Lastly, China is described as a collectivist society, and people can be attributed to having a collectivistic approach in daily life. Our findings are persistent with the previous study and provide support to H5. Consistent with Muralidharan and Men [70], communication and engagement motivation are influenced by peer and social pressure in online shopping behavior in China. Social influence also has a significant effect on FDA adoption during the COVID-19 outbreak in China. These results also provided support to the work of Zhao and Bacao [7]. Our study results endorse that Chinese consumers are subject to peer pressure influencing OCE and platform preference. The results of this study conclude that consumer’s intention of using FDA during the COVID-19 epidemic not only suggestively influence platform preference but also intensely influenced by platform interactivity and self-concept, OCE, and social influence.

Theoretical implications

This study has several avenues to add to the theoretical body of literature. This research attempts to empirically investigate test the antecedents that influence FDA user’s platform preferences in a novel way. We contribute to the existing literature of food buying selections by different FDA by integrating UGT by investigating OCE antecedents and platform preferences. The current study has incorporated the behavioral intention of FDA users and OCE factors such as platform interactivity and self-concept affecting platform preferences that can be utilized by the various researcher in other service industries, such as the online retail industry or online real estate segment. The unique findings predominantly highlight the importance and provide a framework based on UGT to understand better the strategic significance of FDA services considering the risks of COVID-19. Second, the current research enhances our understanding by integrating OCE's mediating role on the FDA among platform interactivity, self-concept, platform preference, a new phenomenon, and previously not been estimated. This research also outspreads the literature by classifying peer pressure plays a vital moderating role in the relationships between platform preferences and OCE in online foodservice business because peer pressure continuously affects our choices and social interaction. Our study emphasized that cultural values or context were essential factors affecting the magnitude of platform preference and OCE under peer pressure. Lastly, IPMA results designate all exogenous constructs' performance and importance in platform preference that offers in-depth insights.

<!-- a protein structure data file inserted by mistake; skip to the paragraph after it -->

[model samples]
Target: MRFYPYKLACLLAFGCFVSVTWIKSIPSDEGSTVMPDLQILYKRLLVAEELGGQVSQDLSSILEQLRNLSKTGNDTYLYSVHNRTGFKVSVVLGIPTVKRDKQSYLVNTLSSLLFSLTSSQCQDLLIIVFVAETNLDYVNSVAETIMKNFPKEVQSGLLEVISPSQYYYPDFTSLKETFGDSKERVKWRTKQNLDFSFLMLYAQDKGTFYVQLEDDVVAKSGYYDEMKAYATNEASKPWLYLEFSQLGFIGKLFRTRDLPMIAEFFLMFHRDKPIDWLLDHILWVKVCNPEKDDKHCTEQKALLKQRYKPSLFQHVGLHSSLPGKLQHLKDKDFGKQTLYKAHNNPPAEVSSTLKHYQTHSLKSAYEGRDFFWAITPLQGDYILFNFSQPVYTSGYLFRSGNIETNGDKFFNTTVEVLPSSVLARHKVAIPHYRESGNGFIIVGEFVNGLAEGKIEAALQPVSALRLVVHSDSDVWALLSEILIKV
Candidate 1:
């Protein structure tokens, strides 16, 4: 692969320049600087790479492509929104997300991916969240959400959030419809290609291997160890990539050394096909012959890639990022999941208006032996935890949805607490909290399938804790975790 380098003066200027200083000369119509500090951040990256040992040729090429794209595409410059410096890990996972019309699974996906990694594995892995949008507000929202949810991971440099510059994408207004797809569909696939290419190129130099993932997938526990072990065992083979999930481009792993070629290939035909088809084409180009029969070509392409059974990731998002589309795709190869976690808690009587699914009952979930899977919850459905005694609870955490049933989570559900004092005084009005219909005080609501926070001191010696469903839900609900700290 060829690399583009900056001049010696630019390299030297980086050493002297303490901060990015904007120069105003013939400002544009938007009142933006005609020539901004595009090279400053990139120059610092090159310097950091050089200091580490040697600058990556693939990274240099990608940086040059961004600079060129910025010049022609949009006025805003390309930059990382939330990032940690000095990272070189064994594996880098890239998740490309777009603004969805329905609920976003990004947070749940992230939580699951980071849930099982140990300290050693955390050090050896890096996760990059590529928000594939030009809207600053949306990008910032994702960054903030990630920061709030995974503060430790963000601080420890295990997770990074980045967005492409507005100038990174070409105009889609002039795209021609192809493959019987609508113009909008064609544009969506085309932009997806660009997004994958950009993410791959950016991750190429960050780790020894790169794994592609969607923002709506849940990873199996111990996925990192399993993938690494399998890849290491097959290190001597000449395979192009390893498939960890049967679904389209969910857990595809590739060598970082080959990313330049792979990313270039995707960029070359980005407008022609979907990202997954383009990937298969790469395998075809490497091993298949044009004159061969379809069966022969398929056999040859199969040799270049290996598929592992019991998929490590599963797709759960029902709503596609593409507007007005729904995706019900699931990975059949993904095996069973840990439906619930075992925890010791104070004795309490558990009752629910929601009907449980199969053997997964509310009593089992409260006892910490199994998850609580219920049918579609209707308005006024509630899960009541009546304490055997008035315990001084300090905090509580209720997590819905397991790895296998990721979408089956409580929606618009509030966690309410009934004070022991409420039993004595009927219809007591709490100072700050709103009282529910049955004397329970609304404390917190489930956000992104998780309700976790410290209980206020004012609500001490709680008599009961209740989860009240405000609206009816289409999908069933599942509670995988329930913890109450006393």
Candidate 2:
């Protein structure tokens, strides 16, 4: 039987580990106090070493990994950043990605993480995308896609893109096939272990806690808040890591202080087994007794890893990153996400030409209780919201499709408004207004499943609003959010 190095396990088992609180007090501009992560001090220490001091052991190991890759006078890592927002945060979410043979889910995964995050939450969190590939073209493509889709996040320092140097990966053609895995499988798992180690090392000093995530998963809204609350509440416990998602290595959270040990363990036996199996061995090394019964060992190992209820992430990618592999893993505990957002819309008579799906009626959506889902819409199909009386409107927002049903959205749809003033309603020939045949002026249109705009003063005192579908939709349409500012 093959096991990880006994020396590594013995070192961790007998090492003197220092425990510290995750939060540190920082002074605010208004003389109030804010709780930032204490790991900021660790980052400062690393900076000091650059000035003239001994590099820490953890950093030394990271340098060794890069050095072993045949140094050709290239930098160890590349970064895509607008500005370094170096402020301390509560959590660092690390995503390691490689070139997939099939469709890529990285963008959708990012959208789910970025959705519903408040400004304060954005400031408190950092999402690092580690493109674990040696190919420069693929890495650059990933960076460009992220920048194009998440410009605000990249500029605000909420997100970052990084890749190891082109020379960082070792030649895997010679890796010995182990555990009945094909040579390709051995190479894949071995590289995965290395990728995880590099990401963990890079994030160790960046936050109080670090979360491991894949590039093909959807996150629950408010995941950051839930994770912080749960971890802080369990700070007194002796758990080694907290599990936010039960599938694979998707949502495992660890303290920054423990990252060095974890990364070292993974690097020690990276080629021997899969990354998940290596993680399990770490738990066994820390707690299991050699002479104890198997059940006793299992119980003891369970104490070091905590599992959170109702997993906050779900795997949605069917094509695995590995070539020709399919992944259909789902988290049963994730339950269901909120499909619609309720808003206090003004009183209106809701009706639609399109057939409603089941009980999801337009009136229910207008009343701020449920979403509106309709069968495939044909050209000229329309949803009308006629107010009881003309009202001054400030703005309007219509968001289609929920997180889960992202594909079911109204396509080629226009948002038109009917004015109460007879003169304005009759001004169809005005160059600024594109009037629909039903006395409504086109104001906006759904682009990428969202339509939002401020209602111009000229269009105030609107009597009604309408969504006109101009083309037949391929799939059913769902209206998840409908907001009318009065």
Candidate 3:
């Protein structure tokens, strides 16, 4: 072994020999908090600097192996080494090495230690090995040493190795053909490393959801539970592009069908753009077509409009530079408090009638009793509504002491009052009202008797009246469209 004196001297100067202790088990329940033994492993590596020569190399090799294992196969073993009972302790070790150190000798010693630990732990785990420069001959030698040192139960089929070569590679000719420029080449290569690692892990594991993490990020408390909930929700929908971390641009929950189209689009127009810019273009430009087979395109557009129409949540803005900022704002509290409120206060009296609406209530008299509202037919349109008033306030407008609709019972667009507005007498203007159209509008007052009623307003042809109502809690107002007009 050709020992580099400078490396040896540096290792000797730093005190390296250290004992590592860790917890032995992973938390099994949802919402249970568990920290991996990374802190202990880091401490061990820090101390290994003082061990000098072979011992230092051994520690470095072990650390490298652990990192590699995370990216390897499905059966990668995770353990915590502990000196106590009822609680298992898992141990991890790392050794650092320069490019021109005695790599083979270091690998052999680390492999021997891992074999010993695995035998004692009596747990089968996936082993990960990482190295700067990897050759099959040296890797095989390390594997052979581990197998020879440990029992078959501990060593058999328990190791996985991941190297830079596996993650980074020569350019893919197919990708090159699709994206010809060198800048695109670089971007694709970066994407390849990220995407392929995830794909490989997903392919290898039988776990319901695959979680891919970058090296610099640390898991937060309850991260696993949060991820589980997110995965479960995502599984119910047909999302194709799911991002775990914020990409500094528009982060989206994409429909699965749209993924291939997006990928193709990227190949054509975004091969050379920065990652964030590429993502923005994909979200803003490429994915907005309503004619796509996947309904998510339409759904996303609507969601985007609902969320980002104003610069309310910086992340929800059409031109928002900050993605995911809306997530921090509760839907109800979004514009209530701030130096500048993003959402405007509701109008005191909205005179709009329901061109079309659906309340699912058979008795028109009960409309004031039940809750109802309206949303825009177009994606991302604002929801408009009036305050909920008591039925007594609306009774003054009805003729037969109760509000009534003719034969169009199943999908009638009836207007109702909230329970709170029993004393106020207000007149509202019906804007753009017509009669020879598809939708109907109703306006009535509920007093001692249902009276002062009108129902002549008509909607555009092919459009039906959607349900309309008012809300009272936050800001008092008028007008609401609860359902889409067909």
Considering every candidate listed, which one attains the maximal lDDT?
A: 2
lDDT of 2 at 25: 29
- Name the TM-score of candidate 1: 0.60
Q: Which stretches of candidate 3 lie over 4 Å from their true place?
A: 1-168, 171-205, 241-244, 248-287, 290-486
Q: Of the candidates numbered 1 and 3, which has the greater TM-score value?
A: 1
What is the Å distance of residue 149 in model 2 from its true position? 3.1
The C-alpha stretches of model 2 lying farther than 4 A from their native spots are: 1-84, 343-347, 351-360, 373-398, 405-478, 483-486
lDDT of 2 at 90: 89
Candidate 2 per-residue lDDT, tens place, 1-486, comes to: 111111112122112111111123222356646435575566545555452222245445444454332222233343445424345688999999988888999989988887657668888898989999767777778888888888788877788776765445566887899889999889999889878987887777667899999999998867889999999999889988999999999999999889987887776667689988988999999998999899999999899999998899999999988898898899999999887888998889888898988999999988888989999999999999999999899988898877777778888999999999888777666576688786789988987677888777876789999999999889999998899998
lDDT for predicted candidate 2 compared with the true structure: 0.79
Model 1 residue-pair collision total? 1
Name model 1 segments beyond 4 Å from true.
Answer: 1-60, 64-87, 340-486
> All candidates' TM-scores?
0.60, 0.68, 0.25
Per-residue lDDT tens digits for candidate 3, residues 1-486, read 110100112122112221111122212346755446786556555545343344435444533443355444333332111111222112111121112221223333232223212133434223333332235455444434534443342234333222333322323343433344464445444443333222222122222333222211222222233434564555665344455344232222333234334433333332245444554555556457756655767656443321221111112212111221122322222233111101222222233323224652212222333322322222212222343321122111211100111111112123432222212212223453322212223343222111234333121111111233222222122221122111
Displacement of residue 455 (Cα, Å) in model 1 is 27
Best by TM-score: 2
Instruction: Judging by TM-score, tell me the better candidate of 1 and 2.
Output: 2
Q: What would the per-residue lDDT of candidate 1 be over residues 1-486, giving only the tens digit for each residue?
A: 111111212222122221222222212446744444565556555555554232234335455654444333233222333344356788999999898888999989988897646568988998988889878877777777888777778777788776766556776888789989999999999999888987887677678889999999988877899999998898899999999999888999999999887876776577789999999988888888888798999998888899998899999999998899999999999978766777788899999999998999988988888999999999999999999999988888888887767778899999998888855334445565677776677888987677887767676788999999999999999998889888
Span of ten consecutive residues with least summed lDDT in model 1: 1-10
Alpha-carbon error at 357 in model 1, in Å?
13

Managerial implications

The current study is early research that provides diverse and useful implications to managers and policymakers. Foodservice providers should concentrate on user preferences while using FDAs. This study increases the prevailing knowledge and benefits of FDAs, particularly in the context of the COVID-19 outbreak. This study has implications for enterprises like retailers operating mobile shopping apps, retailers selling their goods, and brands advertising/selling with those retailers. This study aims to provide marketers with different strategic tools to determine platform preferences for particular apps through empirical testing of key antecedents. This study supports FDA users and educates about various factors that marketers should focus on while making strategies for OCE and platform preference, thus encouraging potential customers to choose relevant food applications. The FDA has become progressively popular and useful platforms for the endurance of the foodservice business in a specific lockdown situation (COVID-19) and continuously developing after crises.